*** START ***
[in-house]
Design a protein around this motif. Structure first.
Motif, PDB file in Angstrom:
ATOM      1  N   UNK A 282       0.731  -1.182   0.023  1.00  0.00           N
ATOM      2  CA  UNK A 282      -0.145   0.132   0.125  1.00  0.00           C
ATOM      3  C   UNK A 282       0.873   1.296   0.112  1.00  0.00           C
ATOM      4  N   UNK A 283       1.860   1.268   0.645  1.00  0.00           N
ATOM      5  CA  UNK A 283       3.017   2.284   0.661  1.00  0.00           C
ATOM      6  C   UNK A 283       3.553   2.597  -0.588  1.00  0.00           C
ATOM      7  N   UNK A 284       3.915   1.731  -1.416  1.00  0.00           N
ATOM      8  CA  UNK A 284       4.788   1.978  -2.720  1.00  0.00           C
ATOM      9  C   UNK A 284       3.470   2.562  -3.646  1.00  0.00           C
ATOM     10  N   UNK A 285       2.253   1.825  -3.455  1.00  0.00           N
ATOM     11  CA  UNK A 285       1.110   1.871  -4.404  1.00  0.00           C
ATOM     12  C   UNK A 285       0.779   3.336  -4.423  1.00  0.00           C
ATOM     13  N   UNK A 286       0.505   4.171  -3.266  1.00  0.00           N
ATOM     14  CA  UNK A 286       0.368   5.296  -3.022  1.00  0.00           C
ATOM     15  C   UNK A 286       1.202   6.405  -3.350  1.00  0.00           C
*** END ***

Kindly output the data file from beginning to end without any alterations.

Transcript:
[in-house]
Design a protein around this motif. Structure first.
Motif, PDB file in Angstrom:
ATOM      1  N   UNK A 282       0.731  -1.182   0.023  1.00  0.00           N
ATOM      2  CA  UNK A 282      -0.145   0.132   0.125  1.00  0.00           C
ATOM      3  C   UNK A 282       0.873   1.296   0.112  1.00  0.00           C
ATOM      4  N   UNK A 283       1.860   1.268   0.645  1.00  0.00           N
ATOM      5  CA  UNK A 283       3.017   2.284   0.661  1.00  0.00           C
ATOM      6  C   UNK A 283       3.553   2.597  -0.588  1.00  0.00           C
ATOM      7  N   UNK A 284       3.915   1.731  -1.416  1.00  0.00           N
ATOM      8  CA  UNK A 284       4.788   1.978  -2.720  1.00  0.00           C
ATOM      9  C   UNK A 284       3.470   2.562  -3.646  1.00  0.00           C
ATOM     10  N   UNK A 285       2.253   1.825  -3.455  1.00  0.00           N
ATOM     11  CA  UNK A 285       1.110   1.871  -4.404  1.00  0.00           C
ATOM     12  C   UNK A 285       0.779   3.336  -4.423  1.00  0.00           C
ATOM     13  N   UNK A 286       0.505   4.171  -3.266  1.00  0.00           N
ATOM     14  CA  UNK A 286       0.368   5.296  -3.022  1.00  0.00           C
ATOM     15  C   UNK A 286       1.202   6.405  -3.350  1.00  0.00           C